Mr. Jaspers watched Mr. Barrie's play in the back of the audience, his gloved hands being wrung together as he bit his lower lip.
The little light that was Tinkerbell was starting to fade as the supposed fairy drank the poison meant for Peter Pan.
This greatly distressed the fragile young man and he looked around rapidly for a moment, shifting from one foot to the other nervously.
The other ushers were watching with bored looks on their faces, not paying the play much attention.
"Is…Is the little fairy going to die?" he whispered to one and was answered with a look that asked if he still had all of his marbles.
"How should I know? It's a fucking light, Jaspers!" the usher hissed at him and Jaspers winced and sighed as he looked back at the stage.
"Tinkerbell is almost dead…You have to show that you believe to save her…" Peter was telling the audience and Jaspers' chest tightened as his heart started to race.
He believed in fairies and he did not want Tinkerbell to die.
"You have to clap your hands and believe!"
The children that Mr. Barrie had invited to see his play desperately wanted to clap, but they were too afraid of being yelled at for making noise.
The adults wanted to clap too, but they figured that since the children were not clapping, then neither should they.
Then, they heard someone clapping desperately and all eyes looked to the back of the auditorium.
"I believe in fairies!" Mr. Jaspers screamed, stopping his clapping for a moment to take off his white gloves before going back to clapping, louder this time.
"Don't die, little fairy!"
The other ushers groaned and proceeded to act like they did not know him but soon enough the children joined in on the clapping and very soon so did the adults.
His hands were becoming red and very sore, but Mr. Jaspers did not care, his eyes were locked on the dim light.
"She's alive!" Peter laughed as the light suddenly sprang to life and everyone cheered, Mr. Jaspers cheering the loudest.
At the gathering after the play, Mr. Jaspers was asked into Charles Frohman's office and his cheeks were the same shade of red as his hands as he shyly knocked on the door.
Slowly he stepped inside, bowing his head.
"You…You wanted to see me, sir?" he stammered nervously.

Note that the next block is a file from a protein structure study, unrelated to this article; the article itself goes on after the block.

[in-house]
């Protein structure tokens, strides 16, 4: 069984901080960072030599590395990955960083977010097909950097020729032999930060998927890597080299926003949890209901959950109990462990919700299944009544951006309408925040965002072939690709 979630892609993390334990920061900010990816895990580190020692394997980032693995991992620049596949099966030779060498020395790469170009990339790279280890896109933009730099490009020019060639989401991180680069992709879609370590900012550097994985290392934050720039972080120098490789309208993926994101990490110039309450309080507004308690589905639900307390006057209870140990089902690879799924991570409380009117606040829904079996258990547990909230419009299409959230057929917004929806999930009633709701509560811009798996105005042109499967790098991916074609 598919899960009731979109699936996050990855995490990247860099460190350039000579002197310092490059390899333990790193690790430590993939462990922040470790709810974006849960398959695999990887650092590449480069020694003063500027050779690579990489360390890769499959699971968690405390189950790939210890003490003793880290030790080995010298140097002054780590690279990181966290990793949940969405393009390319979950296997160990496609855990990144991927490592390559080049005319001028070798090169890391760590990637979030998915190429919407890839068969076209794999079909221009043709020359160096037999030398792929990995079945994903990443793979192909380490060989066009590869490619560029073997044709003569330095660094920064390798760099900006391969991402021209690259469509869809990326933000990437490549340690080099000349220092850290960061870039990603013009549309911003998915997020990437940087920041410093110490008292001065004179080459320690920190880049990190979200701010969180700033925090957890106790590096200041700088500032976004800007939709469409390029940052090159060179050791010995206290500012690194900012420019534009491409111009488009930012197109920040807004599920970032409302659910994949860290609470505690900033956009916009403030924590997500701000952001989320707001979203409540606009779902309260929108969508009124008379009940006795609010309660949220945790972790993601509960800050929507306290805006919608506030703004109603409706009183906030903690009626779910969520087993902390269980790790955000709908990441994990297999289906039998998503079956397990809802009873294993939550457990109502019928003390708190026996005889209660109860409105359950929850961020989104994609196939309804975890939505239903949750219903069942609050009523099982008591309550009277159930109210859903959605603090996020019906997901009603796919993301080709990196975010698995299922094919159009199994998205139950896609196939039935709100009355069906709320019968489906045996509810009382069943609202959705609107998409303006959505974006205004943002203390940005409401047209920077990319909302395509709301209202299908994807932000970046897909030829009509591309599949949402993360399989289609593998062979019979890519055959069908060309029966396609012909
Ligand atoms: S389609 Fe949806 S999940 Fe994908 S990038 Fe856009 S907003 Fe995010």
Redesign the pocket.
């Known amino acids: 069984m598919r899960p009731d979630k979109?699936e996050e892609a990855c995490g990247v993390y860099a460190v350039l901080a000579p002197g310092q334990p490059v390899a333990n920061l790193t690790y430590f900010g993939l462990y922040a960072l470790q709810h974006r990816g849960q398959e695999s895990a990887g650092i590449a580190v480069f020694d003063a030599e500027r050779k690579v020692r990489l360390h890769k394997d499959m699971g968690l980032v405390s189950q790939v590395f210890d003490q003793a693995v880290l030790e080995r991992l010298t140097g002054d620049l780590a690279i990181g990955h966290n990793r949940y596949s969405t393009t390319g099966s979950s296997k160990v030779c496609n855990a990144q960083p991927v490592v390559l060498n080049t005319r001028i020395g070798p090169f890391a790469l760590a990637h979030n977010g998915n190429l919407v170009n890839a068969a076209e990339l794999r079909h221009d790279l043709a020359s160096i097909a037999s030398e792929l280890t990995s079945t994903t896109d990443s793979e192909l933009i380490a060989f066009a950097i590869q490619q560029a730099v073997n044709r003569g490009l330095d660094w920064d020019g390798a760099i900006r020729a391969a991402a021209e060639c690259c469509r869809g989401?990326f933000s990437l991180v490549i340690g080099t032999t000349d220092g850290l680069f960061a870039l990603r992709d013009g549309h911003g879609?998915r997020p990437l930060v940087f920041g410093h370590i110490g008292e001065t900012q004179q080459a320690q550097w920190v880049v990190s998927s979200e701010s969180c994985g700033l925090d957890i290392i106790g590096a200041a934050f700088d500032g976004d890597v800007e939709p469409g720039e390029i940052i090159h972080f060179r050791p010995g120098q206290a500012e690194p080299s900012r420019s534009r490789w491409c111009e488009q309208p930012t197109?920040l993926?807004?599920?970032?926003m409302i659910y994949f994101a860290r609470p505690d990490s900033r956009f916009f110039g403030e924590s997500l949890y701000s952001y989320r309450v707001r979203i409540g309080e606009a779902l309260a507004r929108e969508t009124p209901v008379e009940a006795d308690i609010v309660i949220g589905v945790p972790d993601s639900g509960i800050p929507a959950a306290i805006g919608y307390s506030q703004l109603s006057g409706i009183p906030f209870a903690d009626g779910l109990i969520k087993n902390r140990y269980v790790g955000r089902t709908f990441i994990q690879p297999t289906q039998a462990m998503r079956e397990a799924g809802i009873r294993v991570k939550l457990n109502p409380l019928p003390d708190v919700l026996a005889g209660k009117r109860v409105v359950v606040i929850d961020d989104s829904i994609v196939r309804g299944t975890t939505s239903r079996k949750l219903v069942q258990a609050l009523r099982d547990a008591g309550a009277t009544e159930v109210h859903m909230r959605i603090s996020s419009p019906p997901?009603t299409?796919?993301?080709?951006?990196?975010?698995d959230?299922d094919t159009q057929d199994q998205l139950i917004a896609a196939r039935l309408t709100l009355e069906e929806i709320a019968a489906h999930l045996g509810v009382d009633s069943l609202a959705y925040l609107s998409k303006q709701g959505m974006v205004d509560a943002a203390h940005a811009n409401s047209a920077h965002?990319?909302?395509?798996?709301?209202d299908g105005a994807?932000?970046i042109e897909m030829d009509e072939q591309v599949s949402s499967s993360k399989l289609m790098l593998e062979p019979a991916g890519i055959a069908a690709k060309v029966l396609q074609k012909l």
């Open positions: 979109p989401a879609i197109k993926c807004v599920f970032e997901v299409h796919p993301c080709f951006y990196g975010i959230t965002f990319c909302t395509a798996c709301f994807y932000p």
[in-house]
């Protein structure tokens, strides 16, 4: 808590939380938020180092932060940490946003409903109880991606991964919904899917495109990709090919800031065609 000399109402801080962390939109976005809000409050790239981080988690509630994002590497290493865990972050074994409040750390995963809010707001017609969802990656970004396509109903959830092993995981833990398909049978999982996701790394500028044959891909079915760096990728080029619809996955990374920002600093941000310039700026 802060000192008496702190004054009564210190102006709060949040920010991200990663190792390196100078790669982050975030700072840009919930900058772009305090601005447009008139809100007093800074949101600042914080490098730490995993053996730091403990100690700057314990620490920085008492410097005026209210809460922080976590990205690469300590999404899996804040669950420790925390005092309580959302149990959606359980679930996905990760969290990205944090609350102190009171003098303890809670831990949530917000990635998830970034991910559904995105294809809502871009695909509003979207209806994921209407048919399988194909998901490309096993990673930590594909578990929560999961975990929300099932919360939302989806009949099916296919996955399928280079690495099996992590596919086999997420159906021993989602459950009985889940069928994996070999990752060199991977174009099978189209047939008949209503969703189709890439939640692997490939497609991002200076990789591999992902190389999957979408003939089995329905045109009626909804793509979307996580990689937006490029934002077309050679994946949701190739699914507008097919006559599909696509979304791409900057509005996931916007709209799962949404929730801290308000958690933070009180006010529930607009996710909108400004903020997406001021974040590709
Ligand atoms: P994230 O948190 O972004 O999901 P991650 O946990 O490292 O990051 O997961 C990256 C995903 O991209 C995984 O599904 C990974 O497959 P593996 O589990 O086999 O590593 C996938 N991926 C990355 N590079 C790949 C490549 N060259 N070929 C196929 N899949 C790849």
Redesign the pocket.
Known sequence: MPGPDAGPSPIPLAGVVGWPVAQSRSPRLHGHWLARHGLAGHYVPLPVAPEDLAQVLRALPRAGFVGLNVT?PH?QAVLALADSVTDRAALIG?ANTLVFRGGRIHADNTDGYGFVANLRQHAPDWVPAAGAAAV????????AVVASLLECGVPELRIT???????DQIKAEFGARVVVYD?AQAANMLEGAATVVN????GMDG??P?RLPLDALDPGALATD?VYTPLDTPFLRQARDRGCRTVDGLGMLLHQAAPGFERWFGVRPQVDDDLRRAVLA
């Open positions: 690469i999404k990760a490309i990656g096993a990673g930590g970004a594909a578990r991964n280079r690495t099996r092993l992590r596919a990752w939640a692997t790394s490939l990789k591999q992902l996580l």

"Mr. Jaspers, you haven't been here long have you?" Charles asked, cocking an eyebrow as he turned to him.
Charles nodded at this and calmly took out a cigar, taking the time to light it as Mr. Jaspers stared at the ground, his chest starting to hurt again as he thought about getting fired and what would he do then for money?
"You believe in fairies?"
"You were the first one to shout that out during the performance."
"I…I do, sir." He admitted, rubbing the back of his head shyly. "My mother always told me stories about them…I suppose I let myself get carried away."
"You certainly did! Lost your composure over a little light!"
Jaspers flinched at this.
"What a marvelous idea."
Blinking, Jaspers frowned as he looked up and he was taken aback when he saw that Charles was smiling.
"Your outburst got everyone to participate didn't it?"
Charles nodded and smiled and Jaspers' eyes slowly grew wide as he held out a cigar to him.
"He was right about you." Charles said. "You've got nerves wound up tighter than a virgin's…"
"Sorry." Charles chuckled, unable to resist screwing with him at this point. "Relax, Jaspers. You did a good job tonight. Go home and get some rest now, eh? I suspect that we'll be sold out tomorrow night."
With a small smile, Jaspers took the cigar and he nodded, bowing slightly.
"Thank you, sir."
"One last thing."
"Tinkerbell never dies in the play. You can relax when that part comes up."
Jaspers smiled slightly, and he shrugged his thin shoulders as he looked at his boss.
"She'll never die because I'll always believe and clap for her and the rest of the fairies of Neverland."